A realistic simulation framework to evaluate ionospheric tomography

Jon Bruno*, Cathryn N. Mitchell, Karl H.A. Bolmgren, Ben A. Witvliet

*Corresponding author for this work

    Research output: Contribution to journalArticleAcademicpeer-review

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    Abstract

    Observation of the 3-dimensional (3-D) electron density of the ionosphere is useful to study large-scale physical processes in space weather events. Ionospheric data assimilation and ionospheric tomography are methods that can create an image of the 3-D electron density distribution. While multiple techniques have been developed over the past 30 years, there are relatively few studies that show the accuracy of the algorithms. This paper outlines a novel simulation approach to test the quality of an ionospheric tomographic inversion. The approach uses observations from incoherent scatter radar (ISR) scans and extrapolates them spatially to create a realistic ionospheric representation. A set of total electron content (TEC) measurements can then be simulated using real geometries from satellites and ground receivers. This data set, for which the ’truth’ ionosphere is known, is used as input for a tomographic inversion algorithm to estimate the spatial distribution of electron density. The reconstructed ionospheric maps are compared with the truth ionosphere to calculate the difference between the images and the truth.

    To demonstrate the effectiveness of this simulation framework, an inversion algorithm called MIDAS (Multi-Instrument Data Analysis Software) is evaluated for three geographic regions with differing receiver networks. The results show the importance of the distribution and density of GPS receivers and the use of a realistic prior conditioning of the vertical electron density profile. This paper demonstrates that when these requirements are met, MIDAS can reliably estimate the ionospheric electron density. When the region under study is well covered by GPS receivers, as in mainland Europe or North America, the errors in vertical total electron content (vTEC) are smaller than 1 TECu (2-4%) . In regions with fewer and more sparsely distributed receivers, the errors can be as high as 20-40%. This is caused by poor data coverage and poor spatial resolution of the reconstruction, which has an important effect on the calibration process of the algorithm.

    Original languageEnglish
    Number of pages11
    JournalAdvances in space research
    DOIs
    Publication statusPublished - 20 Nov 2019

    Fingerprint

    electron density
    ionospherics
    tomography
    Tomography
    Carrier concentration
    Ionosphere
    receivers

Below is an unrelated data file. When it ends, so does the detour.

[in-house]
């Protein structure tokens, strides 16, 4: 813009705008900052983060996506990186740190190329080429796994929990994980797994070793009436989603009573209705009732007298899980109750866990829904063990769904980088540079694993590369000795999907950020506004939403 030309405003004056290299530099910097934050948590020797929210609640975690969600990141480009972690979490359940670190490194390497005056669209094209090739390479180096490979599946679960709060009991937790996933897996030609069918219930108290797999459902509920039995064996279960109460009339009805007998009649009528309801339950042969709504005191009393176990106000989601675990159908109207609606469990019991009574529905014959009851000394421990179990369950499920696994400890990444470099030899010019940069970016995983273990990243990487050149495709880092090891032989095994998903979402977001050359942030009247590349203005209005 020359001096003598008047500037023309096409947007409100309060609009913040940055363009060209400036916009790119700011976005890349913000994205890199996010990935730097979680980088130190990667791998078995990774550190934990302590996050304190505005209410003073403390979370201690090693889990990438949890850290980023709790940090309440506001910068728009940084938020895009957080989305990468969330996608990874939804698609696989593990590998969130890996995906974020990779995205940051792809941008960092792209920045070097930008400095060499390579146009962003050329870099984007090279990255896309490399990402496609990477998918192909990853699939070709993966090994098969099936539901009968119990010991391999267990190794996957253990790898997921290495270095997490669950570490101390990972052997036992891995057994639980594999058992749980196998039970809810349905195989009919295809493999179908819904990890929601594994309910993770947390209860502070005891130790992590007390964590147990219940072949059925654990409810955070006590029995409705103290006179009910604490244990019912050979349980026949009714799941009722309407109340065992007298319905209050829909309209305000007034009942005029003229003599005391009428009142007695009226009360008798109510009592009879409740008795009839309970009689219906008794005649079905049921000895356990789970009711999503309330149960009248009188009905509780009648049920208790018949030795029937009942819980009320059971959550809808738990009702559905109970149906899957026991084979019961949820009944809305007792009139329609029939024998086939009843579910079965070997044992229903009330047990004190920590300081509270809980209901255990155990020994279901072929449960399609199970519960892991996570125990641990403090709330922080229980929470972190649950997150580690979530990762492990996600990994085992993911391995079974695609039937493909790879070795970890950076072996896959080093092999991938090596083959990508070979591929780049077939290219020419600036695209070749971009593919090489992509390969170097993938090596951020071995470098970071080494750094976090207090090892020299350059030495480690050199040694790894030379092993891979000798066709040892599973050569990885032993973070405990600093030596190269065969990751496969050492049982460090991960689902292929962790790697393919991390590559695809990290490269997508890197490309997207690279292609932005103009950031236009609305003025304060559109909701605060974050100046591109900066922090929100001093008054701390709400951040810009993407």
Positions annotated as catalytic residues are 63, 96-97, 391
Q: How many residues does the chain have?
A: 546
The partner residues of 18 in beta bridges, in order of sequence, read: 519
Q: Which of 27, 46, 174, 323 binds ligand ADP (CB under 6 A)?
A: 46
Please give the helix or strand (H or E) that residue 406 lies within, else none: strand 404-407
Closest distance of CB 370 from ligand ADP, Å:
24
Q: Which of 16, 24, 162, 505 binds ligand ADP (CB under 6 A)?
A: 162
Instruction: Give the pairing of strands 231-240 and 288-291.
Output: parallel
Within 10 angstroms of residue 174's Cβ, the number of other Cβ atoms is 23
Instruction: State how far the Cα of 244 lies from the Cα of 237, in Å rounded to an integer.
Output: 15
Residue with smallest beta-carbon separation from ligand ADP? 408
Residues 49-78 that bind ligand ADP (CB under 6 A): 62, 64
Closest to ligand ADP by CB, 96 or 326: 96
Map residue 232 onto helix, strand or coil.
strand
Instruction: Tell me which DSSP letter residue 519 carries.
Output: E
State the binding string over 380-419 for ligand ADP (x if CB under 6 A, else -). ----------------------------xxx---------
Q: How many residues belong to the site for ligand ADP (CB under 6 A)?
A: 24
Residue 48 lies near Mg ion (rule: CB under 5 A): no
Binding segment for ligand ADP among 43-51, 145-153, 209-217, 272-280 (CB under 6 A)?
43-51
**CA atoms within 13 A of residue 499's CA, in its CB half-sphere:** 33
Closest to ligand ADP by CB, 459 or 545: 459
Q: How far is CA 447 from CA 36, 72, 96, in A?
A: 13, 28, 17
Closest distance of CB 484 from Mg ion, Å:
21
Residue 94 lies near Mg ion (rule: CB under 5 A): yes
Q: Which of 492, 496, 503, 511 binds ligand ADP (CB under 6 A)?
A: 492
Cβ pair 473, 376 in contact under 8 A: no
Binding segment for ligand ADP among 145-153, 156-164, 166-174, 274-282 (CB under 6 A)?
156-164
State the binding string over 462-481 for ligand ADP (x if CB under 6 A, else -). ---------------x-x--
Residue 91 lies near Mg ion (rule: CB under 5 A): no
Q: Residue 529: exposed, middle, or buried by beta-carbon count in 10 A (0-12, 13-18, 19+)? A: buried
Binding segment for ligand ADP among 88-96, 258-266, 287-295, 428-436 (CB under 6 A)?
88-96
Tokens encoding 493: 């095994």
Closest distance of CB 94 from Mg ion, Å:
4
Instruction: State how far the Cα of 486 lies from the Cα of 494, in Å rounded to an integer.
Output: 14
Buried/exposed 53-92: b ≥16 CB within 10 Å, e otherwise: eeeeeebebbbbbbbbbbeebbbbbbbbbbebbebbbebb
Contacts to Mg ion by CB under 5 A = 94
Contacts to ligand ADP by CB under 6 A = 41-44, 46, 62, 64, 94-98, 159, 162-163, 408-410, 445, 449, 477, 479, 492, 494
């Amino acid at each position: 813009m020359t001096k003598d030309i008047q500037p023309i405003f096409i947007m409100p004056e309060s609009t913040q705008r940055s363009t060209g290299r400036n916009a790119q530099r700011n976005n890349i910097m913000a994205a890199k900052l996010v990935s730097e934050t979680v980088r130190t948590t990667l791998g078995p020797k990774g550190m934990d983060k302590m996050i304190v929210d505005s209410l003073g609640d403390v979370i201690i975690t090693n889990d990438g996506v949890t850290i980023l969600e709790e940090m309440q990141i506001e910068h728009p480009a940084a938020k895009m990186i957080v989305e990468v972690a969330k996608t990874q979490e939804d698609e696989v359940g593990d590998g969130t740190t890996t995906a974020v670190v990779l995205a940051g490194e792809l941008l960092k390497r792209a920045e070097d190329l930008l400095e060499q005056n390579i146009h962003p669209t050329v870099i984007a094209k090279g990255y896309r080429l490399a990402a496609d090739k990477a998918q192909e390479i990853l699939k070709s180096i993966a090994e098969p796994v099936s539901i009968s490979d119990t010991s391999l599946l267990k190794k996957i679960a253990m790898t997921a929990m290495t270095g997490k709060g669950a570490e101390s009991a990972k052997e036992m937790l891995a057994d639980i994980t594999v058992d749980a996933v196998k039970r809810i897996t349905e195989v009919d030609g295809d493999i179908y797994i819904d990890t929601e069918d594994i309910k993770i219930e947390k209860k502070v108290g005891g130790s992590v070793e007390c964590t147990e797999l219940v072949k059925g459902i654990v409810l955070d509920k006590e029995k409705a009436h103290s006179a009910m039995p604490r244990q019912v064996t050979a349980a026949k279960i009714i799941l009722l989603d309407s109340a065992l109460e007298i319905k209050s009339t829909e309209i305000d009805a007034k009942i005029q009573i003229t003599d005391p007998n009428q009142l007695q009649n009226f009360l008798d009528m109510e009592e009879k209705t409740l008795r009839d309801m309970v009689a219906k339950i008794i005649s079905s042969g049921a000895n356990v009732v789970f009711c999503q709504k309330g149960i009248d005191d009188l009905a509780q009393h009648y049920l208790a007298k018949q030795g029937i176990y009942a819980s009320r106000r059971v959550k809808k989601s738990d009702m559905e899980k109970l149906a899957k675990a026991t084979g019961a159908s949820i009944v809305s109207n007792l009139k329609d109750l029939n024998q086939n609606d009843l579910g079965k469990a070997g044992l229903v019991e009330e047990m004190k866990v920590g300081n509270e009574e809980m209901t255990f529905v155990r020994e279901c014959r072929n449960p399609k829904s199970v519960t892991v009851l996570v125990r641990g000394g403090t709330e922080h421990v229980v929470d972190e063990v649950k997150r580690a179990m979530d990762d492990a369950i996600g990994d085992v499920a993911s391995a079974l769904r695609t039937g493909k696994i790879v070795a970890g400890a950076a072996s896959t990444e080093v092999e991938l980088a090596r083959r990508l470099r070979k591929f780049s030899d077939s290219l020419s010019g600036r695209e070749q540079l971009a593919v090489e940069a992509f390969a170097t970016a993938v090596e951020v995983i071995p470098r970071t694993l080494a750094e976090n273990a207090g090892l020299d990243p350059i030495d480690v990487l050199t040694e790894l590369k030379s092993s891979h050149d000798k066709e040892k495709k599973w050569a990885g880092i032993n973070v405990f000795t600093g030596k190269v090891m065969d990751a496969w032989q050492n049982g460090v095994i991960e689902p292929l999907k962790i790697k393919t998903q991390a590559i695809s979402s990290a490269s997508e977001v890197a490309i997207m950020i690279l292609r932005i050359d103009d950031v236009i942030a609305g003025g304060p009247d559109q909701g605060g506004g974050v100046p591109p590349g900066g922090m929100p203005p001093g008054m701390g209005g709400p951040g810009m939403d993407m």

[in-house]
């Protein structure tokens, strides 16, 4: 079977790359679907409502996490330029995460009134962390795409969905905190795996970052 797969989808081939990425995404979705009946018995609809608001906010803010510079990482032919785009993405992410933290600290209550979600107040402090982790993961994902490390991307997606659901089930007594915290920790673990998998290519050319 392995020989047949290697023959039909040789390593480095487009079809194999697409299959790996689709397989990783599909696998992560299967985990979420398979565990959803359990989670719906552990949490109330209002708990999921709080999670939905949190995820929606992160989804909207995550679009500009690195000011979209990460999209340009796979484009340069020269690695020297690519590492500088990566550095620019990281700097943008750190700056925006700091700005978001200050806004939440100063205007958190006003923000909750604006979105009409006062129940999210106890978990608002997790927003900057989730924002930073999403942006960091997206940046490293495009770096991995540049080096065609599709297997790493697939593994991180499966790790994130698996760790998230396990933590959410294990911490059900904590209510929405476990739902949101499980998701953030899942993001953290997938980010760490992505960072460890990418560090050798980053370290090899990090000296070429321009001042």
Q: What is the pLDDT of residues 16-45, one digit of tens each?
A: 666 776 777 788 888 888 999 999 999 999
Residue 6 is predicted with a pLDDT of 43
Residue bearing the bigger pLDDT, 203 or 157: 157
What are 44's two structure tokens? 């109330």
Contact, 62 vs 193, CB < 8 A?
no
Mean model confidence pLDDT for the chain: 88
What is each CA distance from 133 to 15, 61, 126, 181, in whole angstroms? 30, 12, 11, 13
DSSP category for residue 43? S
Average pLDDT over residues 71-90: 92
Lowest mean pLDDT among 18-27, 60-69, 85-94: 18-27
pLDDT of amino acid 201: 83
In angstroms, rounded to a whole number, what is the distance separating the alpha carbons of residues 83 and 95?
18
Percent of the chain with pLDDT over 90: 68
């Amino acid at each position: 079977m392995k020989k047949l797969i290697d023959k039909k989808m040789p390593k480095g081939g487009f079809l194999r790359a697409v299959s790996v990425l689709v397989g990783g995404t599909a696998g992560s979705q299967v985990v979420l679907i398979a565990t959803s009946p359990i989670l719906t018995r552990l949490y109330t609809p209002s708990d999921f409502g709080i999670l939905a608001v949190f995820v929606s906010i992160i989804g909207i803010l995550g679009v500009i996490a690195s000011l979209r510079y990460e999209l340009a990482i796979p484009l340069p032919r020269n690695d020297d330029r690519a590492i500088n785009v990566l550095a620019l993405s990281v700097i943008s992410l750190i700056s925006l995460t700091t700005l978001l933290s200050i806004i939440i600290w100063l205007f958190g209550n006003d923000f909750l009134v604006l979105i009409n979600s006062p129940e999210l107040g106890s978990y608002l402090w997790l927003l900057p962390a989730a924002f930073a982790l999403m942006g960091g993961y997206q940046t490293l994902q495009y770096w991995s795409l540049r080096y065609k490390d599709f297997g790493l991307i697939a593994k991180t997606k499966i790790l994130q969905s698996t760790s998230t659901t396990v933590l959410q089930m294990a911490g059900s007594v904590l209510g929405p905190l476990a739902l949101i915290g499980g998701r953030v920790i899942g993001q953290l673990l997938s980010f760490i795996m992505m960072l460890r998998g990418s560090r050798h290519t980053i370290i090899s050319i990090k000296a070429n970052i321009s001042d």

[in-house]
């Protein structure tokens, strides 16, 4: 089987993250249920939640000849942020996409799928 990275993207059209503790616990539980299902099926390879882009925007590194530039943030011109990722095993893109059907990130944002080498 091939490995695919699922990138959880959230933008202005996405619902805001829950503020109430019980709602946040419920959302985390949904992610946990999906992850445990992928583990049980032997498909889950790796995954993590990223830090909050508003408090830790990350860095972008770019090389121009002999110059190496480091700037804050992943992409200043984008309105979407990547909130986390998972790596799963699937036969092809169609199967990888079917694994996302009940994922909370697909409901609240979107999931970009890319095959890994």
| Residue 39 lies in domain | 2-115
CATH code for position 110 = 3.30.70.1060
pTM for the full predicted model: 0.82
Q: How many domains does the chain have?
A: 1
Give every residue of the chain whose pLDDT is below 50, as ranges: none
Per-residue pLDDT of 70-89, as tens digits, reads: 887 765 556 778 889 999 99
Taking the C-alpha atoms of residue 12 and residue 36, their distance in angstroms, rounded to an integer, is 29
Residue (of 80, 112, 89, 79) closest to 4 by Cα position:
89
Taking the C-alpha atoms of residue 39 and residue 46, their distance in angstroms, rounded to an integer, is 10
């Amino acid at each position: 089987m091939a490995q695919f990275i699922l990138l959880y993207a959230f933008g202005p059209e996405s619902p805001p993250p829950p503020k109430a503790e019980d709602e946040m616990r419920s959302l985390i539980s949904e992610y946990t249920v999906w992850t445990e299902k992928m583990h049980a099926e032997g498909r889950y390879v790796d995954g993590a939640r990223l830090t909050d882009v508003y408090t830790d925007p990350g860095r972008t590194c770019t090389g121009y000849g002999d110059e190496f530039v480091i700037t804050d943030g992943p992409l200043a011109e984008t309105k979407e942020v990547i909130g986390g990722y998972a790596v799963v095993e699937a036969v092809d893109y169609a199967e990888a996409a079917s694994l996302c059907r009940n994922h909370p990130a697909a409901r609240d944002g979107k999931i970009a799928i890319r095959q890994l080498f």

ionospheres
    ionosphere
    simulation
    Global positioning system
    inversions
    GPS
    Electronic density of states
    Electrons
    ionospheric electron density
    computer programs
    software
    incoherent scatter radar
    space weather

    Keywords

    • ionosphere
    • tomography
    • MIDAS
    • incoherent scatter radar

    Cite this

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    title = "A realistic simulation framework to evaluate ionospheric tomography",
    abstract = "Observation of the 3-dimensional (3-D) electron density of the ionosphere is useful to study large-scale physical processes in space weather events. Ionospheric data assimilation and ionospheric tomography are methods that can create an image of the 3-D electron density distribution. While multiple techniques have been developed over the past 30 years, there are relatively few studies that show the accuracy of the algorithms. This paper outlines a novel simulation approach to test the quality of an ionospheric tomographic inversion. The approach uses observations from incoherent scatter radar (ISR) scans and extrapolates them spatially to create a realistic ionospheric representation. A set of total electron content (TEC) measurements can then be simulated using real geometries from satellites and ground receivers. This data set, for which the ’truth’ ionosphere is known, is used as input for a tomographic inversion algorithm to estimate the spatial distribution of electron density. The reconstructed ionospheric maps are compared with the truth ionosphere to calculate the difference between the images and the truth.To demonstrate the effectiveness of this simulation framework, an inversion algorithm called MIDAS (Multi-Instrument Data Analysis Software) is evaluated for three geographic regions with differing receiver networks. The results show the importance of the distribution and density of GPS receivers and the use of a realistic prior conditioning of the vertical electron density profile. This paper demonstrates that when these requirements are met, MIDAS can reliably estimate the ionospheric electron density. When the region under study is well covered by GPS receivers, as in mainland Europe or North America, the errors in vertical total electron content (vTEC) are smaller than 1 TECu (2-4{\%}) . In regions with fewer and more sparsely distributed receivers, the errors can be as high as 20-40{\%}. This is caused by poor data coverage and poor spatial resolution of the reconstruction, which has an important effect on the calibration process of the algorithm.",